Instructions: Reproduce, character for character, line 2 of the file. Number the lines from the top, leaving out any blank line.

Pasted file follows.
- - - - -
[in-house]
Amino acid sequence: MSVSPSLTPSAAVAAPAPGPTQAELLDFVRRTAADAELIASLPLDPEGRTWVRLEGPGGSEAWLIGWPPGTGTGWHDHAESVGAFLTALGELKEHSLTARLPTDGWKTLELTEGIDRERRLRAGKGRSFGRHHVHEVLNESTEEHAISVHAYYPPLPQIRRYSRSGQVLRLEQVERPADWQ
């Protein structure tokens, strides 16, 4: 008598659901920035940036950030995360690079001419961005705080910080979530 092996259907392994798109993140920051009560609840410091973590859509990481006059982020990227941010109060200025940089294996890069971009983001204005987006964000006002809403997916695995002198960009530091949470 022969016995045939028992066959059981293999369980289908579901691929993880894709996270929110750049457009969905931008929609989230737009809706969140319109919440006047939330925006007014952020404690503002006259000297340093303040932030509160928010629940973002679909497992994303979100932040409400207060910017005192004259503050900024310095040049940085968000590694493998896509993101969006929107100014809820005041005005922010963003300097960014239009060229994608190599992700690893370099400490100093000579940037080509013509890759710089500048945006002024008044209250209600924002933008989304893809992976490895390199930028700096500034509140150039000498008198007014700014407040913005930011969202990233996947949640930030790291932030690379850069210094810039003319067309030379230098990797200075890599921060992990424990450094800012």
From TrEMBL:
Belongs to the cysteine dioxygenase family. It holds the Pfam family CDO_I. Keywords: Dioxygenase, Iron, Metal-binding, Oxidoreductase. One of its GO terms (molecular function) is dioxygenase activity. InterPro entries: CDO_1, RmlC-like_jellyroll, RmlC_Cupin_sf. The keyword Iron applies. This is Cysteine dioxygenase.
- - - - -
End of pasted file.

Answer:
Amino acid sequence: MSVSPSLTPSAAVAAPAPGPTQAELLDFVRRTAADAELIASLPLDPEGRTWVRLEGPGGSEAWLIGWPPGTGTGWHDHAESVGAFLTALGELKEHSLTARLPTDGWKTLELTEGIDRERRLRAGKGRSFGRHHVHEVLNESTEEHAISVHAYYPPLPQIRRYSRSGQVLRLEQVERPADWQ